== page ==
Internet Explorer 11 is not supported

For optimal browsing, we recommend Chrome, Firefox or Safari browsers.

How History and Research Can Better Protect Children from School Shootings

Too often, our policy responses are guided by fear rather than evidence.

Uvalde school shooting memorial
A memorial for the 19 children and two adults who were killed on May 24 at Robb Elementary School in Uvalde, Texas.
(Lola Gomez/Dallas Morning News/TNS)
The last decade of school shootings has made one thing clear: Sound policymaking is difficult in the aftermath of such a tragedy. Our natural instinct to protect children by any means possible is strongest in the days and weeks following a school shooting, but this instinct is almost always accompanied by overwhelming fear.

Calls to arm teachers and increase school policing in the aftermath of the Uvalde, Texas, school shooting illustrate the dangers of allowing fear to drive policymaking. These proposals both pose risks to students and lack evidence that they reduce school violence. As we approach the six-month anniversary of Uvalde, we urge public officials to do their utmost now to pursue research-based solutions that are more likely to keep schools safe.

History as well as research must guide this work. In deferring to past lessons learned, we give ourselves a chance to enact solutions that can safeguard our children and educators. Otherwise, public officials not only risk failing to stop school shootings but may introduce hazards to school campuses that compromise student safety. Specifically, we recommend that public officials:

Review past school shootings to understand both the causes of violence and the protective factors that might prevent deaths and injuries. The American School Shooting Study is an open source database of K-12 school shootings in the United States from 1990 to 2016 that resulted in at least one injury. Researchers have analyzed this database to better understand the frequency of school shootings, where they occur, who commits them and other patterns. The research team found that, perhaps contrary to our perceptions, deadly school shootings are not steadily increasing. The authors also found that school shooters often tell others about their violent intentions beforehand, although these warnings are rarely taken seriously.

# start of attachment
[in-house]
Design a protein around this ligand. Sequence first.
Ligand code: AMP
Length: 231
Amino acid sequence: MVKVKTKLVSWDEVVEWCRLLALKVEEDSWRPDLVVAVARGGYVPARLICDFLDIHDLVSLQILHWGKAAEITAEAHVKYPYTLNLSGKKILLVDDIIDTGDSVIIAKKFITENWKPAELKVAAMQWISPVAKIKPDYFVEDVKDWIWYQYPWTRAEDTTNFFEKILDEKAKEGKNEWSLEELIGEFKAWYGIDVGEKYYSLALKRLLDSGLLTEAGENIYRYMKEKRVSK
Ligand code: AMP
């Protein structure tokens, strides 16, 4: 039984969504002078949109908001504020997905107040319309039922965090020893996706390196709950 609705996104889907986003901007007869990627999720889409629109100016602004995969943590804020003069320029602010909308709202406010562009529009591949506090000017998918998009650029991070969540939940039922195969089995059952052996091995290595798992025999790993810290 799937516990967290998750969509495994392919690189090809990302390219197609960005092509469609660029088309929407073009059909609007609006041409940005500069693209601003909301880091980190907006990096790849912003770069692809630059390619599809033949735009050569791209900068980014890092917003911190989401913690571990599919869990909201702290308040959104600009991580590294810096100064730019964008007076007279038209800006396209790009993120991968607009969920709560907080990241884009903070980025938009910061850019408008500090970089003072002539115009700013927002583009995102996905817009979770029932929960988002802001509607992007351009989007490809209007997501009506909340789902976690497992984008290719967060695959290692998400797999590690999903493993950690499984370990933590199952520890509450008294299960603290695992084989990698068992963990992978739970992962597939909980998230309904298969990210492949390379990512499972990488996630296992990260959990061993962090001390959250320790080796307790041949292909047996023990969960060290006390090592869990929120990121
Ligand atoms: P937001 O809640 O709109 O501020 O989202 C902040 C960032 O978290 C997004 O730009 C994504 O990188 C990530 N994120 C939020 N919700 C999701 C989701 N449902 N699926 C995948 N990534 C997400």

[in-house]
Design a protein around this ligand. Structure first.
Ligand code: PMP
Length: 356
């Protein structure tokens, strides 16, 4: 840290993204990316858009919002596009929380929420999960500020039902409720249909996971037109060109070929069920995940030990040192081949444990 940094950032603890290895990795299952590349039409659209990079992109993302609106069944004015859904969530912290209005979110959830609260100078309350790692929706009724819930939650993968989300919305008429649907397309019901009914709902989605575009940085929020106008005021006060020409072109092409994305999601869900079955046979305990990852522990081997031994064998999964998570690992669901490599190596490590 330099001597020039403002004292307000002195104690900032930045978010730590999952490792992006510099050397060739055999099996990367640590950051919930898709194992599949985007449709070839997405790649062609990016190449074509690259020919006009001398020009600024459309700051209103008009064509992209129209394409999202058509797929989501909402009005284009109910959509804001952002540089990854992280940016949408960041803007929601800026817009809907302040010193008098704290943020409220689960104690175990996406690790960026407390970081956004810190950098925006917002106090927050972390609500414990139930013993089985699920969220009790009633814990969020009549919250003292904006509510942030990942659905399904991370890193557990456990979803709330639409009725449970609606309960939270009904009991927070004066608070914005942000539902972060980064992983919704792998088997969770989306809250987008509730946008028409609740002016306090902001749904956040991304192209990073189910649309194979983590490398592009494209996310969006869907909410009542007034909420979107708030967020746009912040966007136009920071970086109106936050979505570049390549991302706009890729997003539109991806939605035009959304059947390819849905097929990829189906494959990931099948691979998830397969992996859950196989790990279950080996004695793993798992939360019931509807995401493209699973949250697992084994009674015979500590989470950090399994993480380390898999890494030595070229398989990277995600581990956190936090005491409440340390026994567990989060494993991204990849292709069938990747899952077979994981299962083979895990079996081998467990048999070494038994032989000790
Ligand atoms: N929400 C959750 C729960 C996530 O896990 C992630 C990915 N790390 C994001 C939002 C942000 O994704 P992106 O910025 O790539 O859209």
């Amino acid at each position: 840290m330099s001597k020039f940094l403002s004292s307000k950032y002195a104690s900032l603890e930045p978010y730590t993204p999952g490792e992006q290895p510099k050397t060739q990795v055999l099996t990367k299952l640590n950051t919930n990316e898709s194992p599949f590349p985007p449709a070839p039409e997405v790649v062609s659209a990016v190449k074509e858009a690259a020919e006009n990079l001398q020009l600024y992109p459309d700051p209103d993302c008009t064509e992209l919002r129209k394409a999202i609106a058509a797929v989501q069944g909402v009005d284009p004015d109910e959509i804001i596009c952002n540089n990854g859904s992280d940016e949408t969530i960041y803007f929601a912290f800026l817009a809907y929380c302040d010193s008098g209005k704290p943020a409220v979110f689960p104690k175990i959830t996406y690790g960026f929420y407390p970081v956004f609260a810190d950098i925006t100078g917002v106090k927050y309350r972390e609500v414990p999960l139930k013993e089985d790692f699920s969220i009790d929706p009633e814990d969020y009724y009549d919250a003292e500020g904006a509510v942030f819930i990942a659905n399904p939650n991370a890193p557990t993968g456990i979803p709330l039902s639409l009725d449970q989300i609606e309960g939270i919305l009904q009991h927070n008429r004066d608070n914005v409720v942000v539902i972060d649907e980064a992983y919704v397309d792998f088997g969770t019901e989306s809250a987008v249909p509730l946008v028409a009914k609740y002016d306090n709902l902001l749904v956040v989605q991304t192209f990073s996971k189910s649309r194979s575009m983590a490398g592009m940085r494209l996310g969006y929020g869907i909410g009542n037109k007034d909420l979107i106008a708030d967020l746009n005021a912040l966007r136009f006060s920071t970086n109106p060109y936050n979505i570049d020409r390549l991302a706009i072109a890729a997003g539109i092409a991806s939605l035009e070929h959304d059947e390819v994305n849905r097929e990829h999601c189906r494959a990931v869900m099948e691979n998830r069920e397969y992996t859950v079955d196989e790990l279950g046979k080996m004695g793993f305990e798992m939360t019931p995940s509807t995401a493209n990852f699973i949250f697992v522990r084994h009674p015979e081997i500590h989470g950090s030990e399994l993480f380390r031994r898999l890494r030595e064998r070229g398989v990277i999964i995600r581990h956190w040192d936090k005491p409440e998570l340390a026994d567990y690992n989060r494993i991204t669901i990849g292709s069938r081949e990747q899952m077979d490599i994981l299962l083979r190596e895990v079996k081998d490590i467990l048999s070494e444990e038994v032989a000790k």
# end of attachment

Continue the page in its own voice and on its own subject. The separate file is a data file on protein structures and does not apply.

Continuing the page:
Understand how state school safety legislation has evolved since the 1999 Columbine High School shooting to expand student support strategies. A Child Trends analysis found that, in the year following major school shooting incidents, most laws passed by state legislatures focused largely on hardening strategies, such as school-based law enforcement, physical security, threat assessment and active-shooter drills. Furthermore, while many state laws now recommend or require student-support strategies, such as social-emotional learning and multi-tiered systems of support, states generally do not enact these laws immediately following school shooting incidents. Gradually, though, over the last two decades, state school safety legislation has featured an increasing share of student-support strategies focused on mental health and school climate.